You are right in that there are several ways to split down CAP, and plenty of different pathogens to look at. But then we are looking for the most common. Pnumonia is most common in children and adults over the age of 75 (or 65 depending on who's counting). Luckily there are plenty of good reviews for both populations.
From the pediatric side we have Iroh Tam PY(1):
Pneumonia occurs more often in early childhood than at any other age,
with the exception of adults older than 75 years, and kills more
children than any other disease worldwide
As far as pathogens:
Streptococcus pneumoniae and Haemophilus influenzae type b (Hib) have
been characterized as 2 bacteria predominately responsible for cases
of fatal pneumonia in children. However, widespread introduction
of Hib and pneumococcal conjugate vaccines has led to significant
declines, especially of Hib, although Streptococcus pneumoniae is
still the predominant bacteria isolated from bacterial CAP in
children. There is increasing recognition of the prevalence of mixed
bacterial and viral infections, which have been documented in 23% to
33% of cases of pneumonia.
Then we move to the geriatric side of things with Falcone et al (2):
Common pathogens include H. influenzae, enteric gram-negative bacilli,
the atypical organisms, S. aureus, Pseudomonas aeruginosa, and M.
catarrhalis, although the relative prevalence of each tends to vary
among studies. Among elderly individuals with aspiration pneumonia,
gram-negative bacilli are the predominate organisms (49 %), followed
by anaerobic bacteria (16 %) and S. aureus (12 %).
Though I should note, having done them myself, getting accurate cultures is difficult, and viral levels a very likely to be under reported because of handling and skill.
For example, in different prospective studies in which the
microbiologic etiology of CAP was systematically sought in the
elderly, a definite or presumptive pathogen was often reported in <60
% of the patients. (2)
And again in children:
There are 2 main challenges in the diagnosis of CAP: the first is the
definition of CAP, particularly in young children, in whom bacterial
and viral infections can occur with similar frequencies, and in whom
overdiagnosis of mild symptoms and signs may lead to unnecessary
antibiotic use; the second is the identification of a causative pathogen, which is frequently impractical and inadequate in children, and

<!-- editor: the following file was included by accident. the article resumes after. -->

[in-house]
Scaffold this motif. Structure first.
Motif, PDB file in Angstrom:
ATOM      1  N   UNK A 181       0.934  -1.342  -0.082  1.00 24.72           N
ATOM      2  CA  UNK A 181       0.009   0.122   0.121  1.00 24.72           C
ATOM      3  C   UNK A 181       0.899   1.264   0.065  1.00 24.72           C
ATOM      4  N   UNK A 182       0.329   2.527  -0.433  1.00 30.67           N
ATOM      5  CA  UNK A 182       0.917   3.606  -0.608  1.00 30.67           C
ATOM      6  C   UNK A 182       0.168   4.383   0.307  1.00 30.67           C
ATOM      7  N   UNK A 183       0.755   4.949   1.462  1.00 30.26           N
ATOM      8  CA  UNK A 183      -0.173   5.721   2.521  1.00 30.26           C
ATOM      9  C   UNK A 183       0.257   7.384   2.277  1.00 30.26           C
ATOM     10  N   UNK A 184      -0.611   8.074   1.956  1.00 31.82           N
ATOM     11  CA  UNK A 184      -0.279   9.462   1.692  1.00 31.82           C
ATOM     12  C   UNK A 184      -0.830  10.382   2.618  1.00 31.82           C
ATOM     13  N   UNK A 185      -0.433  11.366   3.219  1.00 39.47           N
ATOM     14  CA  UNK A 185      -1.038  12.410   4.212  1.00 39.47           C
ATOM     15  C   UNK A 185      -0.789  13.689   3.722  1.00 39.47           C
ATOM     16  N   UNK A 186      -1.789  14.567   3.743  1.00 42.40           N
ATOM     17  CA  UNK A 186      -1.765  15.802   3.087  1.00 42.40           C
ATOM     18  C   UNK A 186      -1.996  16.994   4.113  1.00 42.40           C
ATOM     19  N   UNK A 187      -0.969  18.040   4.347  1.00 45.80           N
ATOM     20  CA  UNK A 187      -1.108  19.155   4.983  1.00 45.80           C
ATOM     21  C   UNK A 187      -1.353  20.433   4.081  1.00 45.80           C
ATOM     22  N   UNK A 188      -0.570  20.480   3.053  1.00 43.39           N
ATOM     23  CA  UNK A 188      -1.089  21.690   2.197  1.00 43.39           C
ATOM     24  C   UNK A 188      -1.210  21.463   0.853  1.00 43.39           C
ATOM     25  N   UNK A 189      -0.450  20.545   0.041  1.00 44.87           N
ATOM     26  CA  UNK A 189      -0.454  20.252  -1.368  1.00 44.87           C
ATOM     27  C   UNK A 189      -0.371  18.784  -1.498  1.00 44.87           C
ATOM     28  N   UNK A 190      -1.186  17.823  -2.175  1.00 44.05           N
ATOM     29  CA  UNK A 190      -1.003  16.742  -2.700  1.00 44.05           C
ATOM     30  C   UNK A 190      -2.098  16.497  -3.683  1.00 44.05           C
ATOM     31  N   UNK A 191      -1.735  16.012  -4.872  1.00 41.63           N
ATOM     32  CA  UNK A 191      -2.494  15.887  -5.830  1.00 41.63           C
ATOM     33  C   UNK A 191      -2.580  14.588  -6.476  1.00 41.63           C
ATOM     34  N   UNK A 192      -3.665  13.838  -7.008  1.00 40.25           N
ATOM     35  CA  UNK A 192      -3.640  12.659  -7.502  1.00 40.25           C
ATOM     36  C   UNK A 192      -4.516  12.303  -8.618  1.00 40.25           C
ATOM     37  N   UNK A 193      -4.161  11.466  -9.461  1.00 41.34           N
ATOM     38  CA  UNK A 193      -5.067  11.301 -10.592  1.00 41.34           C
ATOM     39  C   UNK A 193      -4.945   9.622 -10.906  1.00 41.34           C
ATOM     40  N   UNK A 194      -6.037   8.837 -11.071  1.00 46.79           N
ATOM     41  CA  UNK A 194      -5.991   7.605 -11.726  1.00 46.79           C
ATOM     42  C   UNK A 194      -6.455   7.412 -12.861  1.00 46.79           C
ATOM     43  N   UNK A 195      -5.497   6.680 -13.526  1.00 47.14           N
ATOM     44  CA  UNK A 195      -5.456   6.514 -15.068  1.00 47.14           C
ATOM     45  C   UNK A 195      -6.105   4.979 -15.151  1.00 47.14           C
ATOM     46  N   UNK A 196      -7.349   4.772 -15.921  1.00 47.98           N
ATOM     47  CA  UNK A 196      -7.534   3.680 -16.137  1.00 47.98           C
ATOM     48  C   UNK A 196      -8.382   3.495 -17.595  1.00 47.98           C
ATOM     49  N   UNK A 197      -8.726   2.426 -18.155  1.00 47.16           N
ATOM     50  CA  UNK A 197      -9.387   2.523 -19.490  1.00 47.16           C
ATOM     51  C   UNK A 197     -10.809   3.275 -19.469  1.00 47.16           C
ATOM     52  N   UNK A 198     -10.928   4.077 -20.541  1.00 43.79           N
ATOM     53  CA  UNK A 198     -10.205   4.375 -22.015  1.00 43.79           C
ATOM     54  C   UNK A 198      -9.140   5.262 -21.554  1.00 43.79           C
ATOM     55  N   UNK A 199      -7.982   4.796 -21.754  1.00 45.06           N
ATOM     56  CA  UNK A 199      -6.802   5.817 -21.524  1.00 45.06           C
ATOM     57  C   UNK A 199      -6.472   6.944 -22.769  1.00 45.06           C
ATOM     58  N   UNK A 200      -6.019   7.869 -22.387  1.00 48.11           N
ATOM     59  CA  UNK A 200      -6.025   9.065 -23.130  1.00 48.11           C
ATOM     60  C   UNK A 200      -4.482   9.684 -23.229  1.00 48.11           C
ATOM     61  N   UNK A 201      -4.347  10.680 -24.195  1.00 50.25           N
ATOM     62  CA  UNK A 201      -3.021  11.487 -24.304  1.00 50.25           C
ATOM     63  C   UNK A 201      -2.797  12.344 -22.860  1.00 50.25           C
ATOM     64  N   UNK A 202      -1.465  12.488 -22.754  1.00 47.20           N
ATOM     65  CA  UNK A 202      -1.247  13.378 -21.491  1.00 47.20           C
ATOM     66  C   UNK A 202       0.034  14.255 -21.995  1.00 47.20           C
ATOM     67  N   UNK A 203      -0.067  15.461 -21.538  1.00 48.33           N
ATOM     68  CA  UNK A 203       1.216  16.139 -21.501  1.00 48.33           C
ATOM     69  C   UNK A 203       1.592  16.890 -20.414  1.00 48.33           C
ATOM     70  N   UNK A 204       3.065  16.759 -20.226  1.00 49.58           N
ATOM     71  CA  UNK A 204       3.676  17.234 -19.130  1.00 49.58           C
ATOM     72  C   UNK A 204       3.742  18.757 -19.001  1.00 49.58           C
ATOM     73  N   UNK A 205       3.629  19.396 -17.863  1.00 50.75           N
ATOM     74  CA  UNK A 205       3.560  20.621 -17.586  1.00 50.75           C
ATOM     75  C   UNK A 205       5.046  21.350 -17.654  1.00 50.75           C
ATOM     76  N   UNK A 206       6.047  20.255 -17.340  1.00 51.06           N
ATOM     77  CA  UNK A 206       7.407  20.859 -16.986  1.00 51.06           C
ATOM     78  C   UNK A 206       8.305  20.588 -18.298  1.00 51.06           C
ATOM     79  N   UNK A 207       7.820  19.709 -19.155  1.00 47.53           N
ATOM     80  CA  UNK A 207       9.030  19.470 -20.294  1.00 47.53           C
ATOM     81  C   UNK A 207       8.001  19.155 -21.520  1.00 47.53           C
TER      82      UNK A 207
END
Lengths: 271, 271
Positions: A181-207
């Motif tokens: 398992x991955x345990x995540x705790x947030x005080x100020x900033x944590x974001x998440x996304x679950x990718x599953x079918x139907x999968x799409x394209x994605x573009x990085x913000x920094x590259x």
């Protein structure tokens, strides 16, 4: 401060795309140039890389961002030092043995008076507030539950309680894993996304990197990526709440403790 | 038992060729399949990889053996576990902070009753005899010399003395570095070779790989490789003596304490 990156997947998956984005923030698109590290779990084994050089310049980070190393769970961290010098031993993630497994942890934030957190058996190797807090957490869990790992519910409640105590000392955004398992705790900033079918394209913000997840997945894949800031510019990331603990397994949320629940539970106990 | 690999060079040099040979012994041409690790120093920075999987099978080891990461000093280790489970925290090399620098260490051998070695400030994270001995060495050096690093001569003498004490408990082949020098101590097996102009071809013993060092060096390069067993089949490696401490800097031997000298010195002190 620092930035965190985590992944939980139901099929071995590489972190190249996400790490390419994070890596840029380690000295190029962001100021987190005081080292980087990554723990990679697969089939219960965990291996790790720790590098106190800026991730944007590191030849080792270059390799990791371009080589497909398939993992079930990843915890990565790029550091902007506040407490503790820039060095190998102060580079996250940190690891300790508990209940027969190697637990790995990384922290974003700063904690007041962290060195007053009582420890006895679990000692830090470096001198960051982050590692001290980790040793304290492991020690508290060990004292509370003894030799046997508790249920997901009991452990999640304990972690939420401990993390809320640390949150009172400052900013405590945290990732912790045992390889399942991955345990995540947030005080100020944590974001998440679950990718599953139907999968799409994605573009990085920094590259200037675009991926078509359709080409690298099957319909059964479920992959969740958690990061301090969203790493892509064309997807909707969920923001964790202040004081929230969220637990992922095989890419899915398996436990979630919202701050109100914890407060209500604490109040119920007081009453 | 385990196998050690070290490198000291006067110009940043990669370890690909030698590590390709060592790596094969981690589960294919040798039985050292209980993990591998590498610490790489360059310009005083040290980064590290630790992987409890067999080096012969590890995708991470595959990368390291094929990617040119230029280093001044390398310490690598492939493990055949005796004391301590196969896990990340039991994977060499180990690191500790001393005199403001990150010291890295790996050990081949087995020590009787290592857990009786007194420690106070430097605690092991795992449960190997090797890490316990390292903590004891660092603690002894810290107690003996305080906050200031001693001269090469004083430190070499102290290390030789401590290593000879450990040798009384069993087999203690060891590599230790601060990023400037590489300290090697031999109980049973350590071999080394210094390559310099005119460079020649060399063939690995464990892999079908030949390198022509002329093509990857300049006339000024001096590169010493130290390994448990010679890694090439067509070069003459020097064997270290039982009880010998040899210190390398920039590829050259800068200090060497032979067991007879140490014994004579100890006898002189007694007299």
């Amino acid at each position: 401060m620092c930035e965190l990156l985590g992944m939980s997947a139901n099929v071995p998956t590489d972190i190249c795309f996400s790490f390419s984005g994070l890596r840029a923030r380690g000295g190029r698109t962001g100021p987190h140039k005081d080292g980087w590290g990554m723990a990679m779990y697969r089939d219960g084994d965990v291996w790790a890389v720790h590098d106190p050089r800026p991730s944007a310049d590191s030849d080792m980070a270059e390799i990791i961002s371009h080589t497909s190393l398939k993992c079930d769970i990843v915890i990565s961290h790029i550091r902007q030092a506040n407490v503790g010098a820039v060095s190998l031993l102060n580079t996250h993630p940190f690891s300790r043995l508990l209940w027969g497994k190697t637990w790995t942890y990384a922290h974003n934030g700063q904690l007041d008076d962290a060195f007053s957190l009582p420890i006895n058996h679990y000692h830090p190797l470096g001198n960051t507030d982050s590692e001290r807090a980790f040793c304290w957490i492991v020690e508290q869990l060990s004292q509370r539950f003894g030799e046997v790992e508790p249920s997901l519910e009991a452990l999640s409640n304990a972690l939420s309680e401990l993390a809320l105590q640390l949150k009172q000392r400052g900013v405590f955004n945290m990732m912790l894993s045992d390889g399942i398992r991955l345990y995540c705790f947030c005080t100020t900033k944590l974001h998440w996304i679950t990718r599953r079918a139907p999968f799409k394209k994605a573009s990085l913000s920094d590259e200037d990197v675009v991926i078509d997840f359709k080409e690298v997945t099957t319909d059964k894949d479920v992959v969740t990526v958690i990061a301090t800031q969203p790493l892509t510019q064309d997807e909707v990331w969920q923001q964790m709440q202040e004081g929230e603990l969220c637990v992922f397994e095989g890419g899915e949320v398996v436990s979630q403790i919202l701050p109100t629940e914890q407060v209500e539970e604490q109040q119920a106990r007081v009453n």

in whom the failure to isolate an organism can result in unnecessary
antibiotic use. (1)
Taking into account more global sources, I'm actually thinking Hib infection has dropped more due to vaccination than I gave it credit for, putting my bet on S. pneumoniae, and showing my regional experience may not be representative (3, 4, 5, 6).
(1) Iroh Tam PY. Approach to common bacterial infections: community-acquired pneumonia. Pediatr Clin North Am. 2013 Apr;60(2):437-53. doi: 10.1016/j.pcl.2012.12.009. Epub 2013 Jan 12
(2) Falcone M. et al. Pneumonia in frail older patients: an up to date. Intern Emerg Med. 2012 Oct;7(5):415-24. Epub 2012 Jun 12.
(3) Brown JS. Community-acquired pneumonia. Clin Med. 2012 Dec;12(6):538-43.
(4) Kurutepe S, Ecemiş T, Ozgen A, Biçmen C, Celik P, Aktoğu Özkan S, Sürücüoğlu S. [Investigation of bacterial etiology with conventional and multiplex PCR methods in adult patients with community-acquired pneumonia]. Mikrobiyol Bul. 2012 Oct;46(4):523-31.
(5) Tao LL, Hu BJ, He LX, Wei L, Xie HM, Wang BQ, Li HY, Chen XH, Zhou CM, Deng WW. Etiology and antimicrobial resistance of community-acquired pneumonia in adult patients in China. Chin Med J (Engl). 2012 Sep;125(17):2967-72.
(6) Capelastegui A, España PP, Bilbao A, Gamazo J, Medel F, Salgado J, Gorostiaga I, Lopez de Goicoechea MJ, Gorordo I, Esteban C, Altube L, Quintana JM; Poblational Study of Pneumonia (PSoP) Group. Etiology of community-acquired pneumonia in a population-based study: link between etiology and patients characteristics, process-of-care, clinical evolution and outcomes. BMC Infect Dis. 2012 Jun 12;12:134. doi: 10.1186/1471-2334-12-134.